Trajectories of depression in adults with newly diagnosed type 1 diabetes: results from the German Multicenter Diabetes Cohort Study.

Faculty/Professorship: Clinical Psychology and Psychotherapy  
Author(s): Kampling, Hanna; Petrak, Frank; Farin, Erik; Kulzer, Bernhard ; Herpertz, Stephan; Mittag, Oskar
Title of the Journal: Diabetologia
ISSN: 0012-186X
Publisher Information: Berlin ; Heidelberg : Springer
Year of publication: 2017
Volume: 60
Issue: 1
Pages: 60-68
Language(s): English
DOI: 10.1007/s00125-016-4123-0
There is a paucity of longitudinal data on type 1 diabetes and depression, especially in adults. The present study prospectively analysed trajectories of depressive symptoms in adults during the first 5 years of living with type 1 diabetes. We aimed to identify distinct trajectories of depressive symptoms and to examine how they affect diabetes outcome.We reanalysed data from a prospective multicentre observational cohort study including 313 adults with newly diagnosed type 1 diabetes. At baseline and in annual postal surveys over 5 consecutive years, we gathered patient characteristics and behavioural and psychosocial data (e.g. Symptom Checklist-90-R [SCL-90-R]). Medical data (e.g. HbA1c levels) was obtained from the treating physicians. We applied growth mixture modelling (GMM) to identify distinct trajectories of depression over time.Five years after diagnosis, 7.8% (n = 20) of patients were moderately depressed and 10.2% (n = 26) were severely depressed. GMM statistics identified three possible models of trajectories (class 1, 'no depressive symptoms'; class 2, 'worsening depressive symptoms that improve after 2 years'; class 3, 'worsening depressive symptoms'). Severity of depression symptoms at baseline (subscale of the SCL-90-R questionnaire) significantly predicted membership of classes 2 and 3 vs class 1. After 5 years, higher HbA1c values were detected in class 3 patients (mean = 8.2%, 66 mmol/mol) compared with class 1 and class 2 (both: mean = 7.2%, 55 mmol/mol).We identified distinct trajectories of depressive symptoms that are also relevant for diabetes outcome. Patients with worsening depressive symptoms over time exhibited poor glycaemic control after the first 5 years of living with diabetes. They also exhibited a reduced quality of life and increased diabetes-related distress.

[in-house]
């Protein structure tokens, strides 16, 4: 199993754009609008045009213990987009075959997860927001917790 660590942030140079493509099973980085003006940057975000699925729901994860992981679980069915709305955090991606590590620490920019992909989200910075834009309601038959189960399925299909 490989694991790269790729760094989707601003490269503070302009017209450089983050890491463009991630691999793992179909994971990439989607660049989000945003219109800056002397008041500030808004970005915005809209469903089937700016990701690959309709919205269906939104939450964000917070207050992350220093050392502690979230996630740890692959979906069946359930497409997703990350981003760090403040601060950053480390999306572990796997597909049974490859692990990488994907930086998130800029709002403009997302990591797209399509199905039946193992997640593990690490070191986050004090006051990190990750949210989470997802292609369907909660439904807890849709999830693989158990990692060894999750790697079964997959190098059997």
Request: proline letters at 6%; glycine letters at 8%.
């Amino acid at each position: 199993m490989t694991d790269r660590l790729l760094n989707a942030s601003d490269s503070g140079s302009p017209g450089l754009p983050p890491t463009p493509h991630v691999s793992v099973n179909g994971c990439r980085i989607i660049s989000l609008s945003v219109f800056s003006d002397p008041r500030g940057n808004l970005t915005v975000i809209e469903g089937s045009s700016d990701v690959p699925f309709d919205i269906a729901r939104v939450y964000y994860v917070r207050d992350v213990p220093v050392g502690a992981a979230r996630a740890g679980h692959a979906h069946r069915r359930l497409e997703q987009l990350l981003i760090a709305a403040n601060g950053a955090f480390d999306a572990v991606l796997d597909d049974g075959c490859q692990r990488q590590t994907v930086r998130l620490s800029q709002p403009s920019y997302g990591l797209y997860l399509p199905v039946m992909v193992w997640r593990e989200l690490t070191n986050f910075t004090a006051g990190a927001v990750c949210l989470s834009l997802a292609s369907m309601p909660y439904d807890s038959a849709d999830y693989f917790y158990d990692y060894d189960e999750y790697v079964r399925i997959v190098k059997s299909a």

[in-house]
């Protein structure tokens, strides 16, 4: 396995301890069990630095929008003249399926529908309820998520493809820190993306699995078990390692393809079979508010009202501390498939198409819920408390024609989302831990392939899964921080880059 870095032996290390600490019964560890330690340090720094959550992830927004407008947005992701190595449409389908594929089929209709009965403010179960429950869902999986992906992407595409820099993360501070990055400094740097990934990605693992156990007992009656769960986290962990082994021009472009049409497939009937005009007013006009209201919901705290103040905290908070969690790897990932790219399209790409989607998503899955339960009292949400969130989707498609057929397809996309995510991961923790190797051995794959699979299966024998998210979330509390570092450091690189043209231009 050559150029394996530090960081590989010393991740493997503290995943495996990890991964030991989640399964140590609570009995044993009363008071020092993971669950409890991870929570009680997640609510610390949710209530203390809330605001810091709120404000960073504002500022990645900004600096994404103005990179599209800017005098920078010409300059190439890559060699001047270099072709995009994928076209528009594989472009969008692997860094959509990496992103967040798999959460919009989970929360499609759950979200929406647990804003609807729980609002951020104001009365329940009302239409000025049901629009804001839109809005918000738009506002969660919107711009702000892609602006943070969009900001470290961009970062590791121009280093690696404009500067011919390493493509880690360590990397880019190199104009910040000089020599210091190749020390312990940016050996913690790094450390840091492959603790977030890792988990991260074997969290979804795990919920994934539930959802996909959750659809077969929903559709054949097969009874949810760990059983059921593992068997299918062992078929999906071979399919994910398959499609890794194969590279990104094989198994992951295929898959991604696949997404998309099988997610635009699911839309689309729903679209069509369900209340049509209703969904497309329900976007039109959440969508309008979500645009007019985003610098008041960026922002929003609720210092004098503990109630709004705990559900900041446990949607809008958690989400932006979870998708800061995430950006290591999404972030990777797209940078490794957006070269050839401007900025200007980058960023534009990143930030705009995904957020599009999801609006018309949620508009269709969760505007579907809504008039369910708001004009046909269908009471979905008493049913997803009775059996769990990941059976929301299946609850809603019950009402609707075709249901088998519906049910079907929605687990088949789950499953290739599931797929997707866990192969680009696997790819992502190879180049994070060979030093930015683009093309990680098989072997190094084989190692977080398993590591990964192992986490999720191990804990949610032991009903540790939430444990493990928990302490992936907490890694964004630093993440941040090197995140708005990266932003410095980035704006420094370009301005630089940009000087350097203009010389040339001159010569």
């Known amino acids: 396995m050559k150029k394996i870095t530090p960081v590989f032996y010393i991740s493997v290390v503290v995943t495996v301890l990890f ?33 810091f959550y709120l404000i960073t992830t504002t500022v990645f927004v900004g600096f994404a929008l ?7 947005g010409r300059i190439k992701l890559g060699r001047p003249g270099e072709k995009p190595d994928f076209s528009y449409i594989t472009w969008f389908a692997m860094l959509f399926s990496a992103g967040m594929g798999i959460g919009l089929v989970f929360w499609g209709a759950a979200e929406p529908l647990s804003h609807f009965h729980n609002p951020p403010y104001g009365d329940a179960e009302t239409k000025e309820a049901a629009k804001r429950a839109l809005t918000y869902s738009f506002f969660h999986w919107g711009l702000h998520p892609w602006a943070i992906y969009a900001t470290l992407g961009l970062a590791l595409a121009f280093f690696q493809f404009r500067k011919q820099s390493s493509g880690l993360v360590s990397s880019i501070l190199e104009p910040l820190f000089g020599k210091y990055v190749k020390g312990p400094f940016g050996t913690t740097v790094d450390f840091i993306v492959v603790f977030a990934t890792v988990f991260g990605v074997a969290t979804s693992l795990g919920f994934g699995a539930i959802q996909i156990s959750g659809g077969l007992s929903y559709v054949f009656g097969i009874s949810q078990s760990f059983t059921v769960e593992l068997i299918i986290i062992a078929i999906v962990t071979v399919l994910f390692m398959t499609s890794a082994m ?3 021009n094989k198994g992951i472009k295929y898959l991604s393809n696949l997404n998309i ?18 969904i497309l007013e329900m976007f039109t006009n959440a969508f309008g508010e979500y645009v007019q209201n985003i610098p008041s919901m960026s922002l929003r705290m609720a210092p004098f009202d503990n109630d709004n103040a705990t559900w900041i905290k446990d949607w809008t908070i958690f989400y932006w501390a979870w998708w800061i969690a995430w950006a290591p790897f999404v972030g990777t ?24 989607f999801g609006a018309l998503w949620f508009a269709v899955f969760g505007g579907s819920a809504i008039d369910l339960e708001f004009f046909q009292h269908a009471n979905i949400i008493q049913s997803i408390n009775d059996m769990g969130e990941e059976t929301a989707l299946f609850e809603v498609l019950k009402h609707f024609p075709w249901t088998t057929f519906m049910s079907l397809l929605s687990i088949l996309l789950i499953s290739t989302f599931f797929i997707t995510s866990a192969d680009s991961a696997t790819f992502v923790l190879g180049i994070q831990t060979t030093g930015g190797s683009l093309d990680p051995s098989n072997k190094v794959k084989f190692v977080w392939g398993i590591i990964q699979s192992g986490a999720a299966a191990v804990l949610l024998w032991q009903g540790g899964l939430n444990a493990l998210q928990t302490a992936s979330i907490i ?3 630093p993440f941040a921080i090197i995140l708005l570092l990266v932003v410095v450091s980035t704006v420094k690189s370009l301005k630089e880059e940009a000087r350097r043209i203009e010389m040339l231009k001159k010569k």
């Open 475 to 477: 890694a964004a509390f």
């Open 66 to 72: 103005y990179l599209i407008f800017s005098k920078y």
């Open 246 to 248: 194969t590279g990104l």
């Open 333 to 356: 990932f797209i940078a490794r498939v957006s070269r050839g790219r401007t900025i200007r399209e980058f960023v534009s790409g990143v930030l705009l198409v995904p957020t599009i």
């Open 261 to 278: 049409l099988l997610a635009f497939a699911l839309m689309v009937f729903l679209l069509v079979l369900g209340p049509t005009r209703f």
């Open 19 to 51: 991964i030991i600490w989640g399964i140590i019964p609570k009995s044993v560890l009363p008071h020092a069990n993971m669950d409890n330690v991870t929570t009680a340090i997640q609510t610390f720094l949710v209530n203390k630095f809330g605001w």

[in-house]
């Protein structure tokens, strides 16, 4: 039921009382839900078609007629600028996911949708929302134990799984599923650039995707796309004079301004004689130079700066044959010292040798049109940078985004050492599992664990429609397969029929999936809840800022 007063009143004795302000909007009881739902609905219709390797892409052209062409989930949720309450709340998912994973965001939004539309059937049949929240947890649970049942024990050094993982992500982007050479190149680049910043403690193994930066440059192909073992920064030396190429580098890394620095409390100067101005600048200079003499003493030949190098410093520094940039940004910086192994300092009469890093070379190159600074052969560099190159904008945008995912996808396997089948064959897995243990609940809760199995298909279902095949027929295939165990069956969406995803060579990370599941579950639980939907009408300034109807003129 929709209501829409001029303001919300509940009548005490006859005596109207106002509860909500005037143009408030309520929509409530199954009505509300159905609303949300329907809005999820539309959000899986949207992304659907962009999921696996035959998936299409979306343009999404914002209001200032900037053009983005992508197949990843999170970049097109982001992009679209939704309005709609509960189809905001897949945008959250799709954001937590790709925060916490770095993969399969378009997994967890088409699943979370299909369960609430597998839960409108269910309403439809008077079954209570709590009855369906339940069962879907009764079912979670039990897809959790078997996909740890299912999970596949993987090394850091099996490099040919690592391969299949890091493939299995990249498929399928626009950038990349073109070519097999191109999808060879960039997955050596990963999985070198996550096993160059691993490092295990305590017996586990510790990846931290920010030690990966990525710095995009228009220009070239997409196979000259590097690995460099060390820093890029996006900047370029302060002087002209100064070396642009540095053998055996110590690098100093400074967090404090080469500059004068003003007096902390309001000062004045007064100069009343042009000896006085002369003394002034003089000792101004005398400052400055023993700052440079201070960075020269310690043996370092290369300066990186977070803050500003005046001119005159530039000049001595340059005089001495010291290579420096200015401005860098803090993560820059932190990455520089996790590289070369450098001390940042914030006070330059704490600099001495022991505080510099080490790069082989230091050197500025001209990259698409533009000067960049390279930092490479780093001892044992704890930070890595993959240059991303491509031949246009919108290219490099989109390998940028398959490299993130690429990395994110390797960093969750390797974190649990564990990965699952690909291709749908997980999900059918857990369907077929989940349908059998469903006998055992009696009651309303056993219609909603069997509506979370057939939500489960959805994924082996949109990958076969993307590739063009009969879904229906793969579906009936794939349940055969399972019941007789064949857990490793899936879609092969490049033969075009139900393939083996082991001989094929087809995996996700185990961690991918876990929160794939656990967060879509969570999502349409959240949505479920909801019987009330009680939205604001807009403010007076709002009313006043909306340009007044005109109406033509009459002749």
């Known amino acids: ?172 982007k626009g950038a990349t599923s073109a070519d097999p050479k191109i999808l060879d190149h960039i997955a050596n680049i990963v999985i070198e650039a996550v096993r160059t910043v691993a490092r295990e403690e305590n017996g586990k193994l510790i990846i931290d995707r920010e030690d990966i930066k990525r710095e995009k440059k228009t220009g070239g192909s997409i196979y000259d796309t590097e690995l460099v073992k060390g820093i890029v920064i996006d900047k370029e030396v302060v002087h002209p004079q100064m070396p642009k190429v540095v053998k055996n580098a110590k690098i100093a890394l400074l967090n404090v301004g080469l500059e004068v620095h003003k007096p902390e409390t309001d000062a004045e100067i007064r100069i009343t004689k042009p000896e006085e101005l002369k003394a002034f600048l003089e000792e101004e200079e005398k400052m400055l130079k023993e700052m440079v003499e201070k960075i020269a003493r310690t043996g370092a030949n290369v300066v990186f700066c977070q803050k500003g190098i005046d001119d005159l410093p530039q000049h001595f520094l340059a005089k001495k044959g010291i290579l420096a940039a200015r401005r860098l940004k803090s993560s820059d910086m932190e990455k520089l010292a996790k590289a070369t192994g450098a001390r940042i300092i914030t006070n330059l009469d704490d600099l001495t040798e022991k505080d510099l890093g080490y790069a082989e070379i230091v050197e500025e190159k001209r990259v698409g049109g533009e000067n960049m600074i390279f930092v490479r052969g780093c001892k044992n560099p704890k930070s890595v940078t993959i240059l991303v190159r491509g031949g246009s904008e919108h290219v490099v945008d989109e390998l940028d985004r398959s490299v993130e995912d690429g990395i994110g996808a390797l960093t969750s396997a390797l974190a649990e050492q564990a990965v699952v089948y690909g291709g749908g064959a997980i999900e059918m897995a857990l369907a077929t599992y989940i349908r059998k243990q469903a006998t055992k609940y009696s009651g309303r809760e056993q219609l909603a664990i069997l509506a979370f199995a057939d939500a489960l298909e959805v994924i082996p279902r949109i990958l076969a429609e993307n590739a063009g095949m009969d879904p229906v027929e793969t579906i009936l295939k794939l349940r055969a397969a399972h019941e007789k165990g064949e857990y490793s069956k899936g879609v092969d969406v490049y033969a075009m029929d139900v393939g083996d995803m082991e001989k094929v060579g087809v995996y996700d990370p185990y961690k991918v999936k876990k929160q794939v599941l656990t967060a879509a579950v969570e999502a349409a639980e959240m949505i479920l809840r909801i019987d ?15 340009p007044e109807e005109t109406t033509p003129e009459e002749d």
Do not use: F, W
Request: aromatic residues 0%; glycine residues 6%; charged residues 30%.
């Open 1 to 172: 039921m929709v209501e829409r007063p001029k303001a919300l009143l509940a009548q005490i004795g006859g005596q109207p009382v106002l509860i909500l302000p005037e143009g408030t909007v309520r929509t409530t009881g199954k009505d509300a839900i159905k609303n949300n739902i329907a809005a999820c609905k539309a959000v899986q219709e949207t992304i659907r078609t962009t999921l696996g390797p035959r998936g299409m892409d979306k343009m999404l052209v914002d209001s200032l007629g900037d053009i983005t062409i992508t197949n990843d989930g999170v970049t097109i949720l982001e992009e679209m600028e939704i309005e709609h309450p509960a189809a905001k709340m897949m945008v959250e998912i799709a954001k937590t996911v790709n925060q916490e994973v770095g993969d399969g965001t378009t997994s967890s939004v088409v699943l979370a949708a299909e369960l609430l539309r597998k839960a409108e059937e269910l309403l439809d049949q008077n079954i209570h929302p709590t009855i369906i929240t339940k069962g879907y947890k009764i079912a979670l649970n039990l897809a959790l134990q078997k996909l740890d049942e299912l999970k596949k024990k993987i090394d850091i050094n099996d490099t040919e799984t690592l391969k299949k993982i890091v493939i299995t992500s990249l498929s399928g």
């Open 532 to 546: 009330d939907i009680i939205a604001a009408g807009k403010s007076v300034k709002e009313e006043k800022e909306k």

Keywords: Adults, Depression, Growth mixture modelling, Longitudinal data, Onset cohort
Peer Reviewed: Ja
International Distribution: Ja
Open Access Journal: Ja
Type: Article
Year of publication: 22. June 2018